By Hillel Aron
By Joseph Tsidulko
By Patrick Range McDonald
By David Futch
By Hillel Aron
By Dennis Romero
By Jill Stewart
By Dennis Romero
First, it took a lot of lobbying to convince the WGA leaders there would be no "significant" money in streaming for the next several years. (One source claimed that the WGA's numbers were "quadruple" more-realistic assessments.) Meanwhile, Chernin and Disney CEO Bob Iger focused on addressing the WGA's New Media needs without confusing them with the DGA's. A source close to the negotiations told me, "To their credit, Bob and Peter said to the WGA, 'Tell us what really concerns you.' And that's when things really started moving on questions about jurisdiction on the Internet and the third-year formula for streaming."
At the same time, leaders of several dissident factions within the WGA (some made up of very powerful TV show runners and feature-film writers) approached the guild toppers with an ultimatum: They would no longer promise to keep silent if a deal wasn't done right away. An insider told me, "The guys on the WGA side knew if they didn't come out with a deal [that] weekend, Monday was going to be a bad day. They'd been personally told by these different pockets of writers that they would no longer be supportive and measured. They planned on going public. They planned to blow the guild up."
Meanwhile, 75 militant show runners sent a letter to Patric Verrone, Dave Young and Bowman — the WGA leadership involved in the breakthrough session with Chernin and Iger — that Friday demanding that they obtain better terms than the DGA deal. "Our guys had plenty of ammo going in there to tell the other side that a bum deal would never get ratified by the majority of show runners or their staffs," an insider told me.
So this is where things stand right now: Verrone, Young and Bowman will be explaining and recommending the deal to the membership at a general meeting Saturday at the Shrine Auditorium. The guild's negotiating committee and board have already been briefed. Then those two panels will vote. That can't happen until the deal is drafted. But if someone gets tricky with the language or terms, "There's still a possibility that this thing could get fucked," a source explains.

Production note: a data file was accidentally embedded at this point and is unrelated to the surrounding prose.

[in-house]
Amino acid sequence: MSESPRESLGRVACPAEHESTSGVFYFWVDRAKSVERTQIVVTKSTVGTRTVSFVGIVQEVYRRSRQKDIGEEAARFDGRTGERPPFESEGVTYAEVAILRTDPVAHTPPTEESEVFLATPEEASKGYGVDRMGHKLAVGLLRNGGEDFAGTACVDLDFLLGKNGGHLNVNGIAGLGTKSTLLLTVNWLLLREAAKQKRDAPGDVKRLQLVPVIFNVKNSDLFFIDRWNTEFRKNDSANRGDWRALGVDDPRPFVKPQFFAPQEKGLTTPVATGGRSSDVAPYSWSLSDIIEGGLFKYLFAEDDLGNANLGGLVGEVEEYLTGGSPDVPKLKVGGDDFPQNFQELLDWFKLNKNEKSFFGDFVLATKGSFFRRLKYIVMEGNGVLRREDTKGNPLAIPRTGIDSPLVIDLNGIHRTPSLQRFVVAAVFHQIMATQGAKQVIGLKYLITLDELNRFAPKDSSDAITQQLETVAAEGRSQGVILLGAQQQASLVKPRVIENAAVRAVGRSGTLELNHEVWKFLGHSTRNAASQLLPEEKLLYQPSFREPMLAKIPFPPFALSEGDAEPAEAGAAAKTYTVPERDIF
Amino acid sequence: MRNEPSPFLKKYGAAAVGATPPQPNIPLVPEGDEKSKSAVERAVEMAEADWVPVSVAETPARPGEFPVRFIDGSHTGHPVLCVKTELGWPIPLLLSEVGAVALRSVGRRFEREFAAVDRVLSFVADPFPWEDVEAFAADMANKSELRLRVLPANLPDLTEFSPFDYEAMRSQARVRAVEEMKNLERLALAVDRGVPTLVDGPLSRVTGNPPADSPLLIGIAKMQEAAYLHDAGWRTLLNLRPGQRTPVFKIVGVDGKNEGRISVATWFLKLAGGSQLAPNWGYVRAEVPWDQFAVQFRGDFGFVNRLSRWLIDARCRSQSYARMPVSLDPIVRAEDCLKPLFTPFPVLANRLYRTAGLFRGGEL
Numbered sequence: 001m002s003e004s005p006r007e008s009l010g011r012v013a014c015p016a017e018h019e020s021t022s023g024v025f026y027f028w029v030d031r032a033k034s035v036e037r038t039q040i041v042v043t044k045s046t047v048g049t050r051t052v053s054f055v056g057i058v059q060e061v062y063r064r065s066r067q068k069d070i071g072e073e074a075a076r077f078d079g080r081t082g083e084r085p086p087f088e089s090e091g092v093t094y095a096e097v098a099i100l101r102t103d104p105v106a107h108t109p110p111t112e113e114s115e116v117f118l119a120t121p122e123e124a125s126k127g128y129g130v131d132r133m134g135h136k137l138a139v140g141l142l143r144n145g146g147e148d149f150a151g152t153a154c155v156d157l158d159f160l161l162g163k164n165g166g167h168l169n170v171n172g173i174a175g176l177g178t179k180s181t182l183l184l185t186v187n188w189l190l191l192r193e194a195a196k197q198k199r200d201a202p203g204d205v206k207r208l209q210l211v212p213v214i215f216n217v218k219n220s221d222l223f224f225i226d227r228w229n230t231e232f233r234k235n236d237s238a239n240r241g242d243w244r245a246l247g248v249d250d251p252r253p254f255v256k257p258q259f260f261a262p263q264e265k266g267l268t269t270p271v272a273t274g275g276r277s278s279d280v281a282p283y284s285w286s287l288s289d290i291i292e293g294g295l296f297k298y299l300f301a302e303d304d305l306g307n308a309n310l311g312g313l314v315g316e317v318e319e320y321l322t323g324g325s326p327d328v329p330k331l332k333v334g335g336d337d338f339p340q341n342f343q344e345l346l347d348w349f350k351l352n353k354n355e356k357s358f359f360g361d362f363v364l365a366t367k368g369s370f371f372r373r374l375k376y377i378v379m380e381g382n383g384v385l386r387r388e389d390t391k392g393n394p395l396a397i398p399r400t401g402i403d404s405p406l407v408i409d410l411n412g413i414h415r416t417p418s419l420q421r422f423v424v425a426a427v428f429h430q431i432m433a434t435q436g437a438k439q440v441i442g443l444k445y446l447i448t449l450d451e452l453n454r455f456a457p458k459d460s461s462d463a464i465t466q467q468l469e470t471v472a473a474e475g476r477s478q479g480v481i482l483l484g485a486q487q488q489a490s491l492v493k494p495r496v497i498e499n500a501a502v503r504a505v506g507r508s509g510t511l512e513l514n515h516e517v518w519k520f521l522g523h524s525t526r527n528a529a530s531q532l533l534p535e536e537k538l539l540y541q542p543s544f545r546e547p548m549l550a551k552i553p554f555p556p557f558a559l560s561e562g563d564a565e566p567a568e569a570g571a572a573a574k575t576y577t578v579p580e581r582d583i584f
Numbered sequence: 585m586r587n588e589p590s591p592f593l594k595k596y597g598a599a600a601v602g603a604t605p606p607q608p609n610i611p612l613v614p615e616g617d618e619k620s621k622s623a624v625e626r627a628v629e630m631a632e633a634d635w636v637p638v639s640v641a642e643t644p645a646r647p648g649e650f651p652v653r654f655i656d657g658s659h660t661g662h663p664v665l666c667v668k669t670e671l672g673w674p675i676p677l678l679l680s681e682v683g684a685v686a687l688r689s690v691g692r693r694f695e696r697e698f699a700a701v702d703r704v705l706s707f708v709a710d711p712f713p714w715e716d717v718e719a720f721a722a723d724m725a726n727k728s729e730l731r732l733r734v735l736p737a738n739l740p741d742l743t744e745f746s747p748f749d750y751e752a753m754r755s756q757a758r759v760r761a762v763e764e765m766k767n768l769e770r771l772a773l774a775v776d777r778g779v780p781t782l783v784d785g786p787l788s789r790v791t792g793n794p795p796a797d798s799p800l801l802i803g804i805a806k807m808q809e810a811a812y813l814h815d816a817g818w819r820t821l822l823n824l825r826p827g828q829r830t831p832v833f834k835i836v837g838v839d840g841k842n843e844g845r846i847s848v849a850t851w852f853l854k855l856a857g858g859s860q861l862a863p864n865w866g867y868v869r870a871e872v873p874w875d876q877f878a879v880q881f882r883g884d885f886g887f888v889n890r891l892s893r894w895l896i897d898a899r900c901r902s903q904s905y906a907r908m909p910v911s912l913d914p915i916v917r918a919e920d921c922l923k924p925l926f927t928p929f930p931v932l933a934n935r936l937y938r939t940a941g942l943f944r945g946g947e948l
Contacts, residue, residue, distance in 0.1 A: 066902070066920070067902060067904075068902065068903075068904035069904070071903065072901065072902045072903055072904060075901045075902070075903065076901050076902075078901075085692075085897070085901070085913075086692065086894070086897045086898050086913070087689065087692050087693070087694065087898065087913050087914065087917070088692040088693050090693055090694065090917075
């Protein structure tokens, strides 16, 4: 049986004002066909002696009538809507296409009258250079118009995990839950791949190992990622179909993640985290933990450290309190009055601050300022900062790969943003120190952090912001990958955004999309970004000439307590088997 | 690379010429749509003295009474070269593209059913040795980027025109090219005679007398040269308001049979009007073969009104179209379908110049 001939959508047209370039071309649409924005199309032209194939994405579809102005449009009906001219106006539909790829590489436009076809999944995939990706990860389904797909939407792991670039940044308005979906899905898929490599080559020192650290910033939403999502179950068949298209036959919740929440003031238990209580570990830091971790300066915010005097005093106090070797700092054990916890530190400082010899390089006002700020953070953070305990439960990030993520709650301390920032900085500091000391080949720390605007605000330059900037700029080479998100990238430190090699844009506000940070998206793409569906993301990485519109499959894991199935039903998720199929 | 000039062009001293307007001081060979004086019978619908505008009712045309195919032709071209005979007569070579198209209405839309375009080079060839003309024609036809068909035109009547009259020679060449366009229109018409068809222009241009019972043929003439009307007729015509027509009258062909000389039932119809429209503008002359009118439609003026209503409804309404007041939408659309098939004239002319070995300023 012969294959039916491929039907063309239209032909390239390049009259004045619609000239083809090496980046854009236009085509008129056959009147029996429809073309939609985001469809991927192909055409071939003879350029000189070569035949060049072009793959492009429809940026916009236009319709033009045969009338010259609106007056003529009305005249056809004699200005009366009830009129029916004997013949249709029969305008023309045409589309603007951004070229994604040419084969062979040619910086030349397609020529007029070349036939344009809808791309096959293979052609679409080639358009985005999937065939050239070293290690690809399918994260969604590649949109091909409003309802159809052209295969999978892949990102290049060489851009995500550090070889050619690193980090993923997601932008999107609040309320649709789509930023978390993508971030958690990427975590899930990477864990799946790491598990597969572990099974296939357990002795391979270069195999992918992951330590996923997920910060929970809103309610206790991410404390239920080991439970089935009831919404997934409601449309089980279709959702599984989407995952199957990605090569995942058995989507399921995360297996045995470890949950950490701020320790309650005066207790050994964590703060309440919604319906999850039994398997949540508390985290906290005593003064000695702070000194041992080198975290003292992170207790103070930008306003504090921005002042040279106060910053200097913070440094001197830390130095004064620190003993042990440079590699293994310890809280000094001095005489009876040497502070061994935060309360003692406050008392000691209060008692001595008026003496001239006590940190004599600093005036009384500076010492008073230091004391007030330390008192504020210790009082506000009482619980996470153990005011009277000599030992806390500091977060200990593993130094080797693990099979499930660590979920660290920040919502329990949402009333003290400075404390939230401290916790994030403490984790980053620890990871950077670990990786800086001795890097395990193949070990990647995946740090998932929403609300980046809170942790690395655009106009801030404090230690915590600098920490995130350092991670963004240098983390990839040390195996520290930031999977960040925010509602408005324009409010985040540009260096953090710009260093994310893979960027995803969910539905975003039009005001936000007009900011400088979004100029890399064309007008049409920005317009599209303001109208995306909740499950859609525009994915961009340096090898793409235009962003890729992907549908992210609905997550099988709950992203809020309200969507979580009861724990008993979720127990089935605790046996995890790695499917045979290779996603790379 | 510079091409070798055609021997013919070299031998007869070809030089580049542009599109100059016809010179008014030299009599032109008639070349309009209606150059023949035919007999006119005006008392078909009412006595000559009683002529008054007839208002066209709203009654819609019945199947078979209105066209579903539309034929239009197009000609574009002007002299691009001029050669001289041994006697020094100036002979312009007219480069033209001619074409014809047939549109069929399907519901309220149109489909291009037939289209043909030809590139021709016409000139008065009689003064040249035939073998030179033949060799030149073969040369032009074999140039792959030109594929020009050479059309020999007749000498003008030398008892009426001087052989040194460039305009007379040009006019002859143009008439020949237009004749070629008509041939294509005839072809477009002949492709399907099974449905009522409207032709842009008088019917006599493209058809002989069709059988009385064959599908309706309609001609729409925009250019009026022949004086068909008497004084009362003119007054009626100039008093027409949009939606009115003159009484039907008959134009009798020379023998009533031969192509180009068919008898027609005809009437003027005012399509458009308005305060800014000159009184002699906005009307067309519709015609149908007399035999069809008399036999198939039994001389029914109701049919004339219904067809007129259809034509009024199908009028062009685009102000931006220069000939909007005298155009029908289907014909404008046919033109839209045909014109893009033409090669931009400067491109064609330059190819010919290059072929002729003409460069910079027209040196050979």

Once both the WGA negotiating committee and the WGA board approve the deal, then the guild leaders will call off the strike immediately. I'm told that was an integral part of the agreement because the moguls didn't want to wait for the membership at large to weigh in on the deal. Among those pressing for this was Bob Iger, who for obvious reasons wants the picket lines to come down so Hollywood can feel free to attend ABC's Academy Awards. (Many still fear this year's Oscars will wind up bitch-slapped like NBC's Golden Globes. So Vanity Fair magazine, Hollywood hostess Dani Janssen and superagent Ed Limato have all canceled their private Oscar parties.) Right now, if the WGA board accepts the deal, I'm told that the Back 9 of most scripted TV series could be saved, along with a no-frills pilot season with fewer scripted series ordered than ever before. Some of the force-majeured deals could be reinstated. (I've learned that three times as many pacts would have been canceled if the agents and lawyers hadn't lobbied the networks and studios.) Feature films that were halted or thought lost could get going immediately.
But what happens to all this back-to-work progress if the WGA membership votes down the deal? A bigger mess than even now, like what happened during the 1960 strike when the membership voted not once but twice to reject deals negotiated by guild leaders. The right thing to do is to let the membership vote before the strike is called off. That gives the WGA leadership time to lower members' expectations about what could and couldn't be accomplished. Only the WGA members can decide how much more pain they are willing to endure with no guarantee that whatever is negotiated months from now (alongside SAG) is going to be any better than what has been negotiated now. The one thing this strike has done is to give writers a powerful voice that Hollywood has heard loud and clear. Don't silence the scribes at this crucial juncture.